Mr. Tracey noted that other towns that play the game have had serious scares with students holding weapons that looked real. In one town, he sayid,  “They had an incident where [the police] received a call that a student was walking in the parking lot with an AR-15. Police showed up with six or seven cruisers and guns drawn. The poor kid had to go down on his belly. You know, all he had was a water gun. In Concord there was something very similar.  The Concord principal ended up having to send out an email to the parents, saying before someone gets hurt or there’s a tragedy, let’s try something else for tradition.” Mr. Tracey said, “I also see that it’s a fun activity that students are playing outside of school and I support that,” and he hasn’t called for the game to be shut down, but he notes that “assassinating classmates” is not ok in this day and age.

The game itself was very tone deaf to what’s going on nationwide with all the shootings.

— Officer Lewis

In addition to the name and use of toy weapons, community members and school employees have also complained about the questionable and potentially dangerous decisions students make while playing the game. In addition to causing damage to a student’s car (mentioned above), this year, students have made use of new technology like GPS trackers in order to eliminate their targets. While in the real world, doing so without someone’s knowledge can even constitute stalking, students think that if they sign up for the game, they agree to these intrusions. Glynn says that she was targeted by a student who “put an Apple Air Tag in my car in order to track me.” She said, “If I didn’t know who the person was, I would definitely think it’s really scary. But it ended up just being kind of fun.” 

The Reading police have been involved in several incidents this year, and have seen even more serious incidents in the past involving students “driving recklessly” and “trespassing”. Officer Lewis said, “A few years ago, someone was chasing someone in their car on a weekend. They actually drove across someone’s front yard and knocked a plant over while it was a kid’s birthday party at a nearby house.” While no one was hurt, and the students were only “spoken to,” it could have been worse. Officer Lewis said that the police department has some “frustration with officers being dispatched to calls like this because people are trespassing on other people’s yards or they drive recklessly to try to get a target” because they “have to dispatch resources” that could be used for actual emergencies.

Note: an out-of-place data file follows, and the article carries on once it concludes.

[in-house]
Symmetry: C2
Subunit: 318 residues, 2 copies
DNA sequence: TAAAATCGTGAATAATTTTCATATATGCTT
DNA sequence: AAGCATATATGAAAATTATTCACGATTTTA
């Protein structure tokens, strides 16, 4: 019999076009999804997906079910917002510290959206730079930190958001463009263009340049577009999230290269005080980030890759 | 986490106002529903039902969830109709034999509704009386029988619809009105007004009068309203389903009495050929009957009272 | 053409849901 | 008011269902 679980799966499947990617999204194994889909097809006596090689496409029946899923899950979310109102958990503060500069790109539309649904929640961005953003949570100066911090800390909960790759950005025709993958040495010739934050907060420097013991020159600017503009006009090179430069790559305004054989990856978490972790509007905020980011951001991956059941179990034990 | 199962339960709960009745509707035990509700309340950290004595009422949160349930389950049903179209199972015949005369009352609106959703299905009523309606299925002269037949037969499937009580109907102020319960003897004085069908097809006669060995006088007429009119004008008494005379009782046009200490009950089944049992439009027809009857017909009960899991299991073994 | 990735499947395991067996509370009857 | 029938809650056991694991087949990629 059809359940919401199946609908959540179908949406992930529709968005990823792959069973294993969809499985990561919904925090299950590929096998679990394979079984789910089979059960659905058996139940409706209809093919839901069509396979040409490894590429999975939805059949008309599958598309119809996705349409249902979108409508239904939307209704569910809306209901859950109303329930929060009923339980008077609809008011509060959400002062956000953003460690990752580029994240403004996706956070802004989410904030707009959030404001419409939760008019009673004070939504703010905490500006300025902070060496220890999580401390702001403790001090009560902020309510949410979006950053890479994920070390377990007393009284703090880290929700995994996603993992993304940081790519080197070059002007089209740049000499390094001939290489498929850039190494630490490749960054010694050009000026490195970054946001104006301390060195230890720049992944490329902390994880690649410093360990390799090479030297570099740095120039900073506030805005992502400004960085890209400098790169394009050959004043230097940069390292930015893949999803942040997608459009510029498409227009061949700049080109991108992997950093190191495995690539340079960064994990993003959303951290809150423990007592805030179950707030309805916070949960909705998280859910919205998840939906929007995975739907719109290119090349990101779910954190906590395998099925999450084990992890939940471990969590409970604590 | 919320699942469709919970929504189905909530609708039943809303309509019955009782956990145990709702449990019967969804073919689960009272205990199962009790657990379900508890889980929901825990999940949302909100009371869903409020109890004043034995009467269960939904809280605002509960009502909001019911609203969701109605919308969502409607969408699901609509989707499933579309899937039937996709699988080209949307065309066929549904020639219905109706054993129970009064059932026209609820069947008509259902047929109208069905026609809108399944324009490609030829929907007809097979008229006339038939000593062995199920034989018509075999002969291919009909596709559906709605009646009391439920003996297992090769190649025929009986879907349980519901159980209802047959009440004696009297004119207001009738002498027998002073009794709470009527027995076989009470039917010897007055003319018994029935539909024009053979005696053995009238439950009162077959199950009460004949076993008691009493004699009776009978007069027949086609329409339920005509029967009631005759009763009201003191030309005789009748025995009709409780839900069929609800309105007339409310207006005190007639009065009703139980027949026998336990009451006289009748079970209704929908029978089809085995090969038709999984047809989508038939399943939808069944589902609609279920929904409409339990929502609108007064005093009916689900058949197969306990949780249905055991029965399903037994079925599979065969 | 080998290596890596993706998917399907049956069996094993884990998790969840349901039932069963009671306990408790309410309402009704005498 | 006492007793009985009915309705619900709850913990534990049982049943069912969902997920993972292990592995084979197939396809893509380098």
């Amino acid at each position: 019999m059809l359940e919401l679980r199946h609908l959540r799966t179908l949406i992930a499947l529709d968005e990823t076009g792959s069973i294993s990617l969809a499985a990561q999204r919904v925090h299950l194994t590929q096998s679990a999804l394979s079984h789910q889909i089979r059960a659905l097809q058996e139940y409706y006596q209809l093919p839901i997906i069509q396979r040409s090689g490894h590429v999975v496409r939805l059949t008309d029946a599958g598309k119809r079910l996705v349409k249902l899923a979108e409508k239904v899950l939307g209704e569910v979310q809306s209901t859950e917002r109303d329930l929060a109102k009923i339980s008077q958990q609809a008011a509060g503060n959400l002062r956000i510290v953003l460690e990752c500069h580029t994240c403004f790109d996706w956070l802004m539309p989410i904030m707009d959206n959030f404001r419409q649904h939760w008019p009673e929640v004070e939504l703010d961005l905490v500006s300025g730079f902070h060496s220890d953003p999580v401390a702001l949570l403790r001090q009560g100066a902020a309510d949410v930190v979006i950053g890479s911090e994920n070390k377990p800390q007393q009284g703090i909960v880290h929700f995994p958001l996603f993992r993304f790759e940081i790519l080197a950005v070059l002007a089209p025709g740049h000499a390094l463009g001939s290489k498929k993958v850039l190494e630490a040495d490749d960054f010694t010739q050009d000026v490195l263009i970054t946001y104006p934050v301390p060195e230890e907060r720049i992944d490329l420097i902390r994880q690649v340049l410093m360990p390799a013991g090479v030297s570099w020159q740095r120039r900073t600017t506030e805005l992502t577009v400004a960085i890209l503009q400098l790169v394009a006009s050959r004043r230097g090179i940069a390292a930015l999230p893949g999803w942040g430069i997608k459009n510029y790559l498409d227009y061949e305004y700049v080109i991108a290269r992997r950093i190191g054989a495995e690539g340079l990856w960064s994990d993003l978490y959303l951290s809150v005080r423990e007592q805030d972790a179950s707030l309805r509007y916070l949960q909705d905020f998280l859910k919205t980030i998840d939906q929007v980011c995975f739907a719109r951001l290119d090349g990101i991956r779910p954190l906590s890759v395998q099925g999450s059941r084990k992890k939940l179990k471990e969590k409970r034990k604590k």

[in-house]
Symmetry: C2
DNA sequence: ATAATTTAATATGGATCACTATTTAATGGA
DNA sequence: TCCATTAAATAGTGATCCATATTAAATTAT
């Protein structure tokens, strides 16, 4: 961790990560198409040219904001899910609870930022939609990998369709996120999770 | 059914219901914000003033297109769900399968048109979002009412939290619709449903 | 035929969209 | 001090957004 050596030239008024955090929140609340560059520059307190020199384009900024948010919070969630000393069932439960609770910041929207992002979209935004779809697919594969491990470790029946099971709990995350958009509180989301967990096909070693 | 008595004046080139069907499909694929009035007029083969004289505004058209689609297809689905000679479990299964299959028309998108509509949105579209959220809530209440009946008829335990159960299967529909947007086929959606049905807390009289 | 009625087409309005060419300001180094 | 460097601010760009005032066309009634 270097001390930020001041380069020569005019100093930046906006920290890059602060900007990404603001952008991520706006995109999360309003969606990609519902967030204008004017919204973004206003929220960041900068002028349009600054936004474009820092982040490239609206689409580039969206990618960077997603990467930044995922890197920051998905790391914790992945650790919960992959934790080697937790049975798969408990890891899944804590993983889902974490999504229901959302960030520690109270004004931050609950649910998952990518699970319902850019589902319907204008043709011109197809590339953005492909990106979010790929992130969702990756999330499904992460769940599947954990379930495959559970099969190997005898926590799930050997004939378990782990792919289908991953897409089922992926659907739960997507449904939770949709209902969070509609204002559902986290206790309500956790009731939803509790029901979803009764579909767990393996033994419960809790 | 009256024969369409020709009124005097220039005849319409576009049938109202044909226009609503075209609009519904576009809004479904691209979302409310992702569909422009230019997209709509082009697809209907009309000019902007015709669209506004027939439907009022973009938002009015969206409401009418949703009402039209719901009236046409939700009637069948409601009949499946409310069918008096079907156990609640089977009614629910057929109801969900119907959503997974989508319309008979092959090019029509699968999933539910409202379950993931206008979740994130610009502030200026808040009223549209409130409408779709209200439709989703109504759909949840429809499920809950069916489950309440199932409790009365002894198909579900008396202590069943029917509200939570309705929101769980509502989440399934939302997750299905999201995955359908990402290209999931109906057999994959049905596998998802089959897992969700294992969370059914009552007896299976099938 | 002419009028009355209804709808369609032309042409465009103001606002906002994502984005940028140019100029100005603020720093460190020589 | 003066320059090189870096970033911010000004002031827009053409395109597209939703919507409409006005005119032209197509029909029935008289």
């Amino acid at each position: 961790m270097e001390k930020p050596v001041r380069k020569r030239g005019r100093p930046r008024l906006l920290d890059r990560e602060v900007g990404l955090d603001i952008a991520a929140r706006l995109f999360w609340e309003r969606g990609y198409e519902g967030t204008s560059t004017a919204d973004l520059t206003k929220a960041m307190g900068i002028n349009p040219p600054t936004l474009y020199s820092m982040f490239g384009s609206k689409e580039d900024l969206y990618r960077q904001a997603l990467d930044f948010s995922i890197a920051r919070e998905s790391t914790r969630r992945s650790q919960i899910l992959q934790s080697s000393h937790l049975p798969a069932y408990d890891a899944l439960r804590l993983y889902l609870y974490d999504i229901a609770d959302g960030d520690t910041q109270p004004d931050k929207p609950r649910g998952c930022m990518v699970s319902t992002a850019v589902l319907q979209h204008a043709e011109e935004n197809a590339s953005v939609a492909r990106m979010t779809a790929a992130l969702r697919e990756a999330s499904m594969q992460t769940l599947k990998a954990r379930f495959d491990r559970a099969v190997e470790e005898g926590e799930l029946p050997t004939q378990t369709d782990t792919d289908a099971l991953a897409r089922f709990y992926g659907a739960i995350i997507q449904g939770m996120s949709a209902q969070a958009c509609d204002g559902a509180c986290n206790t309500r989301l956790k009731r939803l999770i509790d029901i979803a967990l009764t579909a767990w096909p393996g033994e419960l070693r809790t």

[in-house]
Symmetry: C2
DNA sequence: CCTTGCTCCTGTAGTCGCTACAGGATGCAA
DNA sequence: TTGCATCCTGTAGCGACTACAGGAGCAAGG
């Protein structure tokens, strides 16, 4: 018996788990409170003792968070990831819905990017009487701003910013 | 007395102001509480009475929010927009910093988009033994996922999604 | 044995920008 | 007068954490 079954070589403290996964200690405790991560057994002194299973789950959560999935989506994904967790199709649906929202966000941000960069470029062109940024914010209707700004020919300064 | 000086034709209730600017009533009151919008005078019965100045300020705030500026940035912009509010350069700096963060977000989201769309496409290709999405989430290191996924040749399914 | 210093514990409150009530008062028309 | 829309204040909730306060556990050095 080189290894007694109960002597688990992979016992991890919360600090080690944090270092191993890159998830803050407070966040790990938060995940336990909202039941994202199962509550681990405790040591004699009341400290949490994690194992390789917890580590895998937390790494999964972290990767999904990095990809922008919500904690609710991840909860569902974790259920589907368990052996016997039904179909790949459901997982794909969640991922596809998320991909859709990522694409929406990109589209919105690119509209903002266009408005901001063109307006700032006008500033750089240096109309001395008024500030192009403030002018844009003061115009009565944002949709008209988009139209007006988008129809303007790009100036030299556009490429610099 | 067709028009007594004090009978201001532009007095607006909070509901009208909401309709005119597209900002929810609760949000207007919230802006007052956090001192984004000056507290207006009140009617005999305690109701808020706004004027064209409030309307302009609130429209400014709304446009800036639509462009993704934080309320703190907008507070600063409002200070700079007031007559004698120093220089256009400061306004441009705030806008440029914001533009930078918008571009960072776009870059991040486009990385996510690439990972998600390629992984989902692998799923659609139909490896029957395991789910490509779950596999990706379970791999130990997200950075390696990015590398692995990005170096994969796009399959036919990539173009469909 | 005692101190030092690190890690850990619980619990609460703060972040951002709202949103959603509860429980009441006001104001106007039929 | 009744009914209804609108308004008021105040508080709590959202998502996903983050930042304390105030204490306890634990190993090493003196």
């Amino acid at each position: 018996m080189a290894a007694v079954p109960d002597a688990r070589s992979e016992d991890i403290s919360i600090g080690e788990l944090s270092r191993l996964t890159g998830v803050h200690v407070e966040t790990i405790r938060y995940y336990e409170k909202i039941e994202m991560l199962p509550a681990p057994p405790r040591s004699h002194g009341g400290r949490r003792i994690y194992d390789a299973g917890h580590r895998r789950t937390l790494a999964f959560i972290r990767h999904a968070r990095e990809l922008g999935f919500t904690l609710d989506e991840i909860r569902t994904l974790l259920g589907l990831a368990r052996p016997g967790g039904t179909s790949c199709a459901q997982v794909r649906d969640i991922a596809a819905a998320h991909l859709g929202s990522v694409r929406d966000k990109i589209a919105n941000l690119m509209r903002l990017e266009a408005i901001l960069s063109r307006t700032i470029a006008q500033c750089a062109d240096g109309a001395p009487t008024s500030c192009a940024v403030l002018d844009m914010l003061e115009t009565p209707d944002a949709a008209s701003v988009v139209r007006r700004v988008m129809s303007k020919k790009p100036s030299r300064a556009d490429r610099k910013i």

Sachin Patel (‘23) who was this year’s game organizer, said there were not too many problems this year other than “a couple of issues” when he had to spend “an hour on the phone working through [the problem]”.

Future of the Game

For all of these reasons, the future of Senior Assassin is up in the air. One change that will most likely occur is changing the name, and perhaps the way the game is played with fake guns.

But, Patel said that even if there are changes, he hopes the tradition continues. 

“It’s just seniors trying to have fun as their year closes out. It’s not meant to be harmful in any way. It’s meant to be a fun game,” said Patel.